How Do Suicides Differ Among Minority Communities?

By Gaan Akers, LPC, NCC | May 25, 2023

Suicide is complex, and people with specific backgrounds and identities are at higher risk. Specifically, minority communities face disproportionate factors linked to suicide, like substance use, health disparities, physical or mental health problems and financial concerns. Additionally, anyone who has experienced violence, including adverse childhood experiences (ACEs) like physical abuse, bullying and sexual violence, has a higher suicide risk. 

Understanding the disparities between certain groups and factors contributing to suicide risk is crucial for preventing it. 

In This Article

Disparities in Suicide Rates Among Minority Groups

While people of any age, race, ethnicity or sex can experience a risk of suicide, minority groups seem to face higher rates of suicide. Here are a few ways suicide rates might differ among these communities:

Differing Motives

Studies find that ethnic minorities often die by suicide for different reasons than their white counterparts. Among different minority groups, such as African-, Asian- or Latino-Americans, cultural distinctions reflect the differing motivations of people to choose or reject suicide. Some groups might be more motivated by external stressors like job loss or discrimination and less by internal stressors like hopelessness. 

Suicidal behavior varies within sex and age as well. For example, motivations among European-descent older adults for suicide often come down to health and disparity problems, where they may see themselves facing a situation in which suicide is the reasonable or moral response. Specifically, older adult men may see suicide as a way to escape the self-perceived indignity of aging and being in control of their deaths like they were in control of their lives.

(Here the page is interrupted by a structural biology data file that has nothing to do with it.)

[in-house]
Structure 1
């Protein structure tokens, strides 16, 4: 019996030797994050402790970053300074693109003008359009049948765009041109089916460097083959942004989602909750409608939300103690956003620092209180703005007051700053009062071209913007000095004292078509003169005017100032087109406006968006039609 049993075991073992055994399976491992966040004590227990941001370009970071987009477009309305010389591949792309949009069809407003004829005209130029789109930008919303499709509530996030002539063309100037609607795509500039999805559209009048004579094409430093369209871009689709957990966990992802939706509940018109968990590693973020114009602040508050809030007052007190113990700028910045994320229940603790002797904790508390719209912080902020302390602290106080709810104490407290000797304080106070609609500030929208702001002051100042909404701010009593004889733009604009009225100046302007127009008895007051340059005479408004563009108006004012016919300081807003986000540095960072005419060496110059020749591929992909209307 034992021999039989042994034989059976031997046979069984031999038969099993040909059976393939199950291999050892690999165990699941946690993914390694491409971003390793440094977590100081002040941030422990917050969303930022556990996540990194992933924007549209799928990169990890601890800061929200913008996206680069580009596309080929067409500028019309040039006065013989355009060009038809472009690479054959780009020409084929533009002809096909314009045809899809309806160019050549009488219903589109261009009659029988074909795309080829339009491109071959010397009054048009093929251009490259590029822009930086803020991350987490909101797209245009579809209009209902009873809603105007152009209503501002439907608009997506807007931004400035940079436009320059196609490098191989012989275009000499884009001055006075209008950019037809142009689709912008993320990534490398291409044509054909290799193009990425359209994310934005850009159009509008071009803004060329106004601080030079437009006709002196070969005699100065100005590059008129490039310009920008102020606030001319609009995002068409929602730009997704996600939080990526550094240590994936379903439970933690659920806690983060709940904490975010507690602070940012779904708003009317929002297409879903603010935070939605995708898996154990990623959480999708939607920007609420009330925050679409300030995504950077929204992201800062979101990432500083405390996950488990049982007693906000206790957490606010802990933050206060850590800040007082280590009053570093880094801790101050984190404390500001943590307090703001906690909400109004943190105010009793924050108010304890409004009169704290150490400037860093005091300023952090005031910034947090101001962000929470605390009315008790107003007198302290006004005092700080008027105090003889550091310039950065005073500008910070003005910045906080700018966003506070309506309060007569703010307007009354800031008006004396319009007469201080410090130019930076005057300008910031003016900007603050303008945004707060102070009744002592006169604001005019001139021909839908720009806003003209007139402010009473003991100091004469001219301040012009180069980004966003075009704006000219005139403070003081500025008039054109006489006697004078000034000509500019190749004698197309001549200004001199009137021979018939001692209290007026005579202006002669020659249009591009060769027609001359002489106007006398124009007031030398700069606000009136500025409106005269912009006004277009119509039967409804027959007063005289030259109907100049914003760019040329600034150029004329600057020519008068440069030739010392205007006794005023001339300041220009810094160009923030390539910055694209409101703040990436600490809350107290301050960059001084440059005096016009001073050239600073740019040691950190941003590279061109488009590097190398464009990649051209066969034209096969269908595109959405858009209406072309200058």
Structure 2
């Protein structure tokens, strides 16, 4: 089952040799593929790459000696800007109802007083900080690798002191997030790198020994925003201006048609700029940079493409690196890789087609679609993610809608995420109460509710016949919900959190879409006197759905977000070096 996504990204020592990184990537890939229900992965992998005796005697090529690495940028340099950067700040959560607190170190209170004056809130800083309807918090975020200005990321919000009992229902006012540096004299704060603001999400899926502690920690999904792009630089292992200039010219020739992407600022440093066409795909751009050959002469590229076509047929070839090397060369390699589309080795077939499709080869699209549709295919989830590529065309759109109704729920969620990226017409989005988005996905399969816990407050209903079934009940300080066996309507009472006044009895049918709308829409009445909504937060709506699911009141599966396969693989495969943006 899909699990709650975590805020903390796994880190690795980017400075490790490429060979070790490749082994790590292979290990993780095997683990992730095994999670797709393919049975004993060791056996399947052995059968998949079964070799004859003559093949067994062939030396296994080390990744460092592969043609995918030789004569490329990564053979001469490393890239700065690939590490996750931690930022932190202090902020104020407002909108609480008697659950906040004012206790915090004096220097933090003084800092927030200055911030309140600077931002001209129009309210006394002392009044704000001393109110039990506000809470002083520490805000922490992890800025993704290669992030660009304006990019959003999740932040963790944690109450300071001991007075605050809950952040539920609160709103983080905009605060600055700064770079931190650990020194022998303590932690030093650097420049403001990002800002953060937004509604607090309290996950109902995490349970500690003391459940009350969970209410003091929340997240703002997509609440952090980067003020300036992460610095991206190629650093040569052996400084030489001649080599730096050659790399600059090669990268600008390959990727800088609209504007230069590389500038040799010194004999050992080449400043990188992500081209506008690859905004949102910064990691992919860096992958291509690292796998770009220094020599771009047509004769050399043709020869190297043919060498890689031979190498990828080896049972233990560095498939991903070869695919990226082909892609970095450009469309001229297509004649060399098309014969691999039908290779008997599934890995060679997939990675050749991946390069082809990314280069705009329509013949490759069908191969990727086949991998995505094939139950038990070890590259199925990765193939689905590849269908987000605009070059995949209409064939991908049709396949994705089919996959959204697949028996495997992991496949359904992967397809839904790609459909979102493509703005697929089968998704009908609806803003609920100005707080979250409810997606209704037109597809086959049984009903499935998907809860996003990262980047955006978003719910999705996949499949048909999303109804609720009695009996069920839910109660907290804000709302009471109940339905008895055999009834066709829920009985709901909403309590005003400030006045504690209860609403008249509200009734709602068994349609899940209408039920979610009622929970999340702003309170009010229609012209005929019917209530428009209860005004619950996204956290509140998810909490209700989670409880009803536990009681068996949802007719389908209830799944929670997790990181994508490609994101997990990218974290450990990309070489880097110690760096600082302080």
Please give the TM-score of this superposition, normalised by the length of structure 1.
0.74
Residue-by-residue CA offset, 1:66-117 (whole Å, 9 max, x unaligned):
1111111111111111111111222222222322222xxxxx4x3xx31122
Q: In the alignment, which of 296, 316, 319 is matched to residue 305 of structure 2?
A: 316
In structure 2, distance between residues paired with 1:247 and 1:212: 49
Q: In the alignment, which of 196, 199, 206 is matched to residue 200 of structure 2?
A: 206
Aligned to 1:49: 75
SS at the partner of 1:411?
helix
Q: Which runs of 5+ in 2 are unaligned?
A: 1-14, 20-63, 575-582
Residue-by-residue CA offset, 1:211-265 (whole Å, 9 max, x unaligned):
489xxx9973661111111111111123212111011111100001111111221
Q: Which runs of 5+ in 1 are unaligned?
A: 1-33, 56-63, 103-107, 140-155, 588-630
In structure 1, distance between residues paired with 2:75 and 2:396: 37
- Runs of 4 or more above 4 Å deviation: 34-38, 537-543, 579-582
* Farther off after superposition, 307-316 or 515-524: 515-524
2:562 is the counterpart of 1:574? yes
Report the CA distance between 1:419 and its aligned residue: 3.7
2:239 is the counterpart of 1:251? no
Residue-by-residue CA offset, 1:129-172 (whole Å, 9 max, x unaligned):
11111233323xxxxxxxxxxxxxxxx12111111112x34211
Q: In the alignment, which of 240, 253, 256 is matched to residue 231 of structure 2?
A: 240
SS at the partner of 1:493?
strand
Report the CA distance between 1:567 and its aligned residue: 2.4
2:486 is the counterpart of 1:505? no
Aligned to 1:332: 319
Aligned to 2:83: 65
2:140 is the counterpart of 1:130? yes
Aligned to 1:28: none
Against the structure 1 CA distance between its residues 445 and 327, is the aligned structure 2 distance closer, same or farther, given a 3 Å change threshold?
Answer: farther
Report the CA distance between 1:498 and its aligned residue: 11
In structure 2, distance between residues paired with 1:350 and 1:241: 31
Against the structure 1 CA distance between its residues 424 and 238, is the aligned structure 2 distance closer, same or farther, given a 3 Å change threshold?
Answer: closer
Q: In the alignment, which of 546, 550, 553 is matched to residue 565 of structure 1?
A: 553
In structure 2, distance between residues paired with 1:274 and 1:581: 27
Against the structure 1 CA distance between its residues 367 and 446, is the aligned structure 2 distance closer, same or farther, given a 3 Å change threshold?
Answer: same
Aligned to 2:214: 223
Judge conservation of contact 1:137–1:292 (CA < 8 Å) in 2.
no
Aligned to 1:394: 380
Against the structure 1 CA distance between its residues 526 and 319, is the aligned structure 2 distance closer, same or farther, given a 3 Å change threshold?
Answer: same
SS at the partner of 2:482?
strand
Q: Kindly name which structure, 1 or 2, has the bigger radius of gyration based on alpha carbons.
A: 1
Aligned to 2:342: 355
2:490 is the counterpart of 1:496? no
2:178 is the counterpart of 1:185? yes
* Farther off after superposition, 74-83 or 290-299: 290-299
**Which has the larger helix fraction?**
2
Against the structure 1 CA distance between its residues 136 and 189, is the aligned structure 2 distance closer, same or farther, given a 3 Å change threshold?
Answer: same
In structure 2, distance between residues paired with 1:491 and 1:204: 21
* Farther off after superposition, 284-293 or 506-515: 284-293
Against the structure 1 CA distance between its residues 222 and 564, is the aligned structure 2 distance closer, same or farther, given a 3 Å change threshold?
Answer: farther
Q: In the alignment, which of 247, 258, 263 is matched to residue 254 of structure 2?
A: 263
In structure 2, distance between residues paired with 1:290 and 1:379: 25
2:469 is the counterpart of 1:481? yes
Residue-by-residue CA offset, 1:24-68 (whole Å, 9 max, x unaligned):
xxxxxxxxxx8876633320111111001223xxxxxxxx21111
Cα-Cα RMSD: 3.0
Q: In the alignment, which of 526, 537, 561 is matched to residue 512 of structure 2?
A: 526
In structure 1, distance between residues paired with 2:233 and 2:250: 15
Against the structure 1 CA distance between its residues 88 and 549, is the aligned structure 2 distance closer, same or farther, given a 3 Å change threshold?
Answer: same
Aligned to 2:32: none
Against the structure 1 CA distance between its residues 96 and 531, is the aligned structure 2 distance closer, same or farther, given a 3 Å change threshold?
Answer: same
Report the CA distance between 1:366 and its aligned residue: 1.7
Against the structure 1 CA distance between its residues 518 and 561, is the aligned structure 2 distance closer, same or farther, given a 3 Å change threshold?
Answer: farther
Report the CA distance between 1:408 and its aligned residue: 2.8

Trauma and Prejudice

Past trauma related to racism, prejudice and discrimination can also affect suicide risk. Among American Indians or Indigenous Americans, who have the highest rate of suicide in the U.S., motivations can often stem from generations of human rights abuses and trauma. For adolescents struggling with sexual orientation or gender identity, the motive might be bullying, abuse or feeling trapped. 

Historical adversity also translates to socioeconomic disparities, with Black and African Americans facing them disproportionately. These factors are also linked to mental health, with minority communities living below the poverty level being more likely to report psychological distress. 

Experiences related to hate crimes or violence can also contribute to trauma and mental distress. Xenophobic racism against Asian Americans during the coronavirus pandemic led to a surge in hate crimes, averaging 100 per day, which may be a factor in increasing rates of suicide among these communities.

Internal and External Pressures

Minority communities and suicide risk can also stem from internal and external pressures. These groups may be more vulnerable since suicide often occurs when stressors and health issues converge to create feelings of hopelessness. 

Latina adolescents are especially at risk of external pressures, studies show. Family conflict and stressors can often play a role, where girls wish to move toward autonomy, such as wearing new clothes, while their parents cling to old traditions. For those who recently immigrated to the U.S., the clash between old and new values might prompt suicidal thoughts from feeling caught between two cultures.

Other risk factors can emerge from within the cultures themselves. For Asian Americans, the loss of position in society can prompt suicidal ideation. These feelings often arise from shame, as revealed in a study among Chinese, Japanese and other East Asian Americans, which can increase the risk of suicide.

Different Levels of Access to Resources and Health Care

While suicide can be prevented with treatment, minority populations face multiple health care barriers perpetuated by structural racism. Depression is the most common condition associated with suicide, yet it often goes untreated or undiagnosed among these communities. 

Different Levels of Access to Resources and Health Care